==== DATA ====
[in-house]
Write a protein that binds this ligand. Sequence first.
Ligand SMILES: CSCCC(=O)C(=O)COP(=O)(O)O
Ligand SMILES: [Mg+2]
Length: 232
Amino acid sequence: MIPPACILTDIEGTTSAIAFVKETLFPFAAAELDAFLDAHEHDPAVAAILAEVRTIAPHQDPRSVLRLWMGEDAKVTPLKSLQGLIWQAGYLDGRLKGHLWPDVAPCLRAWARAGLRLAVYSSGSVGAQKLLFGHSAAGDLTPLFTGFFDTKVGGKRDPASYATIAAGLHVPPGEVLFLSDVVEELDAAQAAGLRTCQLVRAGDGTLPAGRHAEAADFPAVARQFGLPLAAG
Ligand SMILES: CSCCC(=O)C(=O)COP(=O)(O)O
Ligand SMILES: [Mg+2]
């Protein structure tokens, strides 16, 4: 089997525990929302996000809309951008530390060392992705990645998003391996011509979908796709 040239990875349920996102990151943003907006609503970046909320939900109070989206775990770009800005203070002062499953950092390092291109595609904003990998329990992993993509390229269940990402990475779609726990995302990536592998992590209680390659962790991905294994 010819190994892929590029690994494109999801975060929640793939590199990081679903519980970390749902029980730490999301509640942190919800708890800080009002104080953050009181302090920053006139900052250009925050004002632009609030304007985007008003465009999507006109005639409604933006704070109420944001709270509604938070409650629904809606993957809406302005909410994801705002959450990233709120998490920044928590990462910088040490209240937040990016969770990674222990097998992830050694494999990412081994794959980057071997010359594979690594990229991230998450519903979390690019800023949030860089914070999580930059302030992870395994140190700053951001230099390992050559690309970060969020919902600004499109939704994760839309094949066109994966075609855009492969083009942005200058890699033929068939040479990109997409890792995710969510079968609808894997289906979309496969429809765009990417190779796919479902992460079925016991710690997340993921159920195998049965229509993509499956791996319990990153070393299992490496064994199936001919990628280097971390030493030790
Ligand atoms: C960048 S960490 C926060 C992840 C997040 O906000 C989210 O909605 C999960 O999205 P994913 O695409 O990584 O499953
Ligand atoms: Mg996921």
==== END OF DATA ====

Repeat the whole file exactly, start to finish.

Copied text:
[in-house]
Write a protein that binds this ligand. Sequence first.
Ligand SMILES: CSCCC(=O)C(=O)COP(=O)(O)O
Ligand SMILES: [Mg+2]
Length: 232
Amino acid sequence: MIPPACILTDIEGTTSAIAFVKETLFPFAAAELDAFLDAHEHDPAVAAILAEVRTIAPHQDPRSVLRLWMGEDAKVTPLKSLQGLIWQAGYLDGRLKGHLWPDVAPCLRAWARAGLRLAVYSSGSVGAQKLLFGHSAAGDLTPLFTGFFDTKVGGKRDPASYATIAAGLHVPPGEVLFLSDVVEELDAAQAAGLRTCQLVRAGDGTLPAGRHAEAADFPAVARQFGLPLAAG
Ligand SMILES: CSCCC(=O)C(=O)COP(=O)(O)O
Ligand SMILES: [Mg+2]
């Protein structure tokens, strides 16, 4: 089997525990929302996000809309951008530390060392992705990645998003391996011509979908796709 040239990875349920996102990151943003907006609503970046909320939900109070989206775990770009800005203070002062499953950092390092291109595609904003990998329990992993993509390229269940990402990475779609726990995302990536592998992590209680390659962790991905294994 010819190994892929590029690994494109999801975060929640793939590199990081679903519980970390749902029980730490999301509640942190919800708890800080009002104080953050009181302090920053006139900052250009925050004002632009609030304007985007008003465009999507006109005639409604933006704070109420944001709270509604938070409650629904809606993957809406302005909410994801705002959450990233709120998490920044928590990462910088040490209240937040990016969770990674222990097998992830050694494999990412081994794959980057071997010359594979690594990229991230998450519903979390690019800023949030860089914070999580930059302030992870395994140190700053951001230099390992050559690309970060969020919902600004499109939704994760839309094949066109994966075609855009492969083009942005200058890699033929068939040479990109997409890792995710969510079968609808894997289906979309496969429809765009990417190779796919479902992460079925016991710690997340993921159920195998049965229509993509499956791996319990990153070393299992490496064994199936001919990628280097971390030493030790
Ligand atoms: C960048 S960490 C926060 C992840 C997040 O906000 C989210 O909605 C999960 O999205 P994913 O695409 O990584 O499953
Ligand atoms: Mg996921």